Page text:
Students create new student coalition for disability awareness

A new club has found a permanent home at Cedar Falls High School. The student coalition for disability awareness is ready to start making a positive change, club president Jack Baumann said, “We work on a variety of projects to increase disability acceptance and inclusion at CFHS. Among many, we have created and set up the first showcase for Autism Acceptance Month at Cedar Falls High School that is located near the Library. We hope to create more showcases in the future, raising acceptance and awareness for people with disabilities. The projects that we work on embody the essence of what our club is about. Too little is known about disabilities, and we want to change that. Due to this, hate and discrimination against people with disabilities is still an ever so prevalent occurrence. Making CFHS a safe and welcome place for all may be a rocky one, but we’re willing to traverse the bumpy path if it means a better place for all. Looking toward the future, we’d like to host more events that aren’t just meetings. We definitely have our eyes on hosting movie events, special presentations, more showcases and fundraisers to get the word out.” 

 For Baumann, he saw the clock ticking away on chances to raise awareness, so he and junior Natalie Olsen started the club. “You know, there comes a time when an oppressed people becomes trampled on. There’s a time where the cup of injustice fills to the top, overflowing with hatred from ignorance. To me, the inspiration to create such a club with my friend Natalie [Olsen] a while back, before winter break. We’re both disabled individuals, one physically and the other mentally, and it’s fair to say that our cup of injustice has been overflowing for far too long now. School has always been difficult for me, trying to put up with the plights that occur on an everyday basis. I’m autistic myself and have had to put up with slurs, offensive jokes and bullying for being myself. Ableism is still a daily occurrence, and it isn’t an uncommon sight to hear ableist slurs in the hallway on a daily basis. Having to put up with such discrimination became tiresome, so we created the student coalition for disability awareness. The first club at CFHS with the mission of promoting awareness and acceptance of people with disabilities. To be quite frank, the SCDA wasn’t created just because. It was created as a necessity to solve an issue that has been unaddressed for centuries, not only in Cedar Falls, but around the world.”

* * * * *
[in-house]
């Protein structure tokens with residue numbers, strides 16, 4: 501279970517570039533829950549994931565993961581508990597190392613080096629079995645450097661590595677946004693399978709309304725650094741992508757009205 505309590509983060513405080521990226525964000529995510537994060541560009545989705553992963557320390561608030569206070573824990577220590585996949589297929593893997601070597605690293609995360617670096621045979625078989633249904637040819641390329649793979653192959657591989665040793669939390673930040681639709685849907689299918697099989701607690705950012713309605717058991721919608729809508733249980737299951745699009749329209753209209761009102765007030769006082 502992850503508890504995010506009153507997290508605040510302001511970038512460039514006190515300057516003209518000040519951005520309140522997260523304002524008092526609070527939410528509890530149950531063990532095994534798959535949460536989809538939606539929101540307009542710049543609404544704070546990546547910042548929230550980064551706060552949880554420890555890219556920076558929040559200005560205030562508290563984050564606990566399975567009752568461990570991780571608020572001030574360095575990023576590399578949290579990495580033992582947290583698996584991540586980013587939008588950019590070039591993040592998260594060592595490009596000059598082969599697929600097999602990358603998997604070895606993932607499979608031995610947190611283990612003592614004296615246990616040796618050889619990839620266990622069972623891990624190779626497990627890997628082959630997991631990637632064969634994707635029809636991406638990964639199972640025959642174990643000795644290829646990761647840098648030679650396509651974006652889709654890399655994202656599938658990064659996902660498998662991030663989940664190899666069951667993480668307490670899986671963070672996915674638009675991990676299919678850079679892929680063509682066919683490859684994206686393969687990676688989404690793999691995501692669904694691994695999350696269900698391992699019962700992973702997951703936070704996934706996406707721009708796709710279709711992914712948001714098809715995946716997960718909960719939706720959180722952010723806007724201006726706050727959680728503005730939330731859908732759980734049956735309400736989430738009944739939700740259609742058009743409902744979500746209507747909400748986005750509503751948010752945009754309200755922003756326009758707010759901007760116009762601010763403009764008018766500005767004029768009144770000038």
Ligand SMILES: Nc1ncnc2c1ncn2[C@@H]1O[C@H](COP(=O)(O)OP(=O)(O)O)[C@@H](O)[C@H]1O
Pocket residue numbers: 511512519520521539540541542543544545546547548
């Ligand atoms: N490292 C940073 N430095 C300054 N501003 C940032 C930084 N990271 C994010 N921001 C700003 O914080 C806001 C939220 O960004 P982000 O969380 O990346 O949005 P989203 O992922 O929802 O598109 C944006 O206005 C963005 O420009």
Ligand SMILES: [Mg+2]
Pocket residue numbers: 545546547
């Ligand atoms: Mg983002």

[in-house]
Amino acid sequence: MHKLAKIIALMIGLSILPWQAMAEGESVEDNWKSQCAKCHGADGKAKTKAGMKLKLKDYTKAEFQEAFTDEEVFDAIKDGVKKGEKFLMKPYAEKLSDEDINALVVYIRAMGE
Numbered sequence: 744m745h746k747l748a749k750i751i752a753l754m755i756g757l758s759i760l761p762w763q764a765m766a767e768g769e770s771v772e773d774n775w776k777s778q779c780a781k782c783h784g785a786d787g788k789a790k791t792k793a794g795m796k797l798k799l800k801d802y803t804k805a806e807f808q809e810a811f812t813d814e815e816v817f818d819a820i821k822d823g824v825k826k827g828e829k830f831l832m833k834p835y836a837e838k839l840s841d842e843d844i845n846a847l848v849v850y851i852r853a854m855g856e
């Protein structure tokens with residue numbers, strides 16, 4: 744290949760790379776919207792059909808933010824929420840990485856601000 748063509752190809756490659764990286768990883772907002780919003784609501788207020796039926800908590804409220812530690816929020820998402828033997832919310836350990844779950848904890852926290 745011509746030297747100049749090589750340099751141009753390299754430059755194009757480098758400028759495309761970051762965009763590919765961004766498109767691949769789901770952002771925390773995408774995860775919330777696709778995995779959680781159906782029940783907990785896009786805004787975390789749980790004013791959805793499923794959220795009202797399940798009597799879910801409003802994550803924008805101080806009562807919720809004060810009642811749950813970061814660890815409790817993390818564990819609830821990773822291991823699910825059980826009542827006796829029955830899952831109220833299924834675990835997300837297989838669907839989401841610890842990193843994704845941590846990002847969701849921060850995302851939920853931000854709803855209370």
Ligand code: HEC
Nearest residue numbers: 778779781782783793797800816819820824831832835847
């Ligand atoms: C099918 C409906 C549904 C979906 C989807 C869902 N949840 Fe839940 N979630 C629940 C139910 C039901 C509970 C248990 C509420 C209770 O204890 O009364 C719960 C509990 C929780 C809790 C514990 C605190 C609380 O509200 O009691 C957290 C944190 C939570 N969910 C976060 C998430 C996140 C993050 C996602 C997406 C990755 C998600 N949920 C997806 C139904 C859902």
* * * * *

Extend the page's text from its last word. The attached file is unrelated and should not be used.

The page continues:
Baumann was inspired by others who’ve stood up for causes. “In addition to unaddressed struggle, I’ve also been inspired by the various leaders of the disability rights and civil rights movements. The late Judy Heumann, Dr. Martin Luther King Jr, and their respective movements have been a huge inspiration towards us as a club. They have taught us well, especially on how both love and acceptance can go hand in hand to create a better world. They have also set examples for the rest of society, showing how It’s done, and how it’s possible. I believe that to have acceptance, we need to have discussion. If there is no discussion, there will be no acceptance. We cannot function no more if we are going to allow stereotypes and hatred to paint a false image of what people with disabilities actually are. It’s always the right time to do what is right, and I fundamentally believe that it is about time society comes to accept us for who we are. Discussion is the most important part in advancing society, we need to have all types of discussions in order to break down the barriers that people with disabilities face on a daily basis. We need to come together, as a school, to take a moment to listen and abstain from judgment. This type of discussion is so important because it not only unites CFHS, but the community as a whole. We have to acknowledge the misconceptions, and fight them with discussion. Truthful discussion, in order to combat the stigma. Whether it might be a one on one or a group discussion, they all aid in making CFHS a better place.”